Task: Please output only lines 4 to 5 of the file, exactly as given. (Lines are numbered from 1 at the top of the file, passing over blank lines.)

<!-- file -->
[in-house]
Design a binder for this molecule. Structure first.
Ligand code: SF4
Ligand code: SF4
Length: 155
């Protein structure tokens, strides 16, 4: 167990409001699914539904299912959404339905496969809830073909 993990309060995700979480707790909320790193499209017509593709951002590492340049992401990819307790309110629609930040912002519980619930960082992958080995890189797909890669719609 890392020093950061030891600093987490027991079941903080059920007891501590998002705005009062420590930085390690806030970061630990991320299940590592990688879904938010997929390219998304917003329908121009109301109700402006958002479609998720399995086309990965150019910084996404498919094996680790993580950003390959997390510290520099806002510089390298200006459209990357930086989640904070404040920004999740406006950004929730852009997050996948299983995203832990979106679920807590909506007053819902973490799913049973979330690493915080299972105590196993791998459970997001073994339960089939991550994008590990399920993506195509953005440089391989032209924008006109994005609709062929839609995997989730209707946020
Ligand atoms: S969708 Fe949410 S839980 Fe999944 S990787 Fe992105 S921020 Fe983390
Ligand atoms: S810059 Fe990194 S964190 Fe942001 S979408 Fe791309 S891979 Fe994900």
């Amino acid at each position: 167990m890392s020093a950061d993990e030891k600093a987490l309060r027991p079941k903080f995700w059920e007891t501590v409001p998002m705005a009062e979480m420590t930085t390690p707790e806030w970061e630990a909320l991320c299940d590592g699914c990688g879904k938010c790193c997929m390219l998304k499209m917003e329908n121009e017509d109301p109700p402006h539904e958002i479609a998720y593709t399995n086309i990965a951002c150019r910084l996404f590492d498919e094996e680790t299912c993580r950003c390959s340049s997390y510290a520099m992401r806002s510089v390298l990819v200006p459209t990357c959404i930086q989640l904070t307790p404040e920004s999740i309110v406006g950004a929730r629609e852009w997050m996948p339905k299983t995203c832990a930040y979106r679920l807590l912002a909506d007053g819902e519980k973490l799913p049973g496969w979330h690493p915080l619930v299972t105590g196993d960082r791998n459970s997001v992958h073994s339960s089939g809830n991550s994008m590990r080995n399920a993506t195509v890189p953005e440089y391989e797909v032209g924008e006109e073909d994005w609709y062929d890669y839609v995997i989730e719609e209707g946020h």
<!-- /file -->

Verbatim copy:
Ligand code: SF4
Length: 155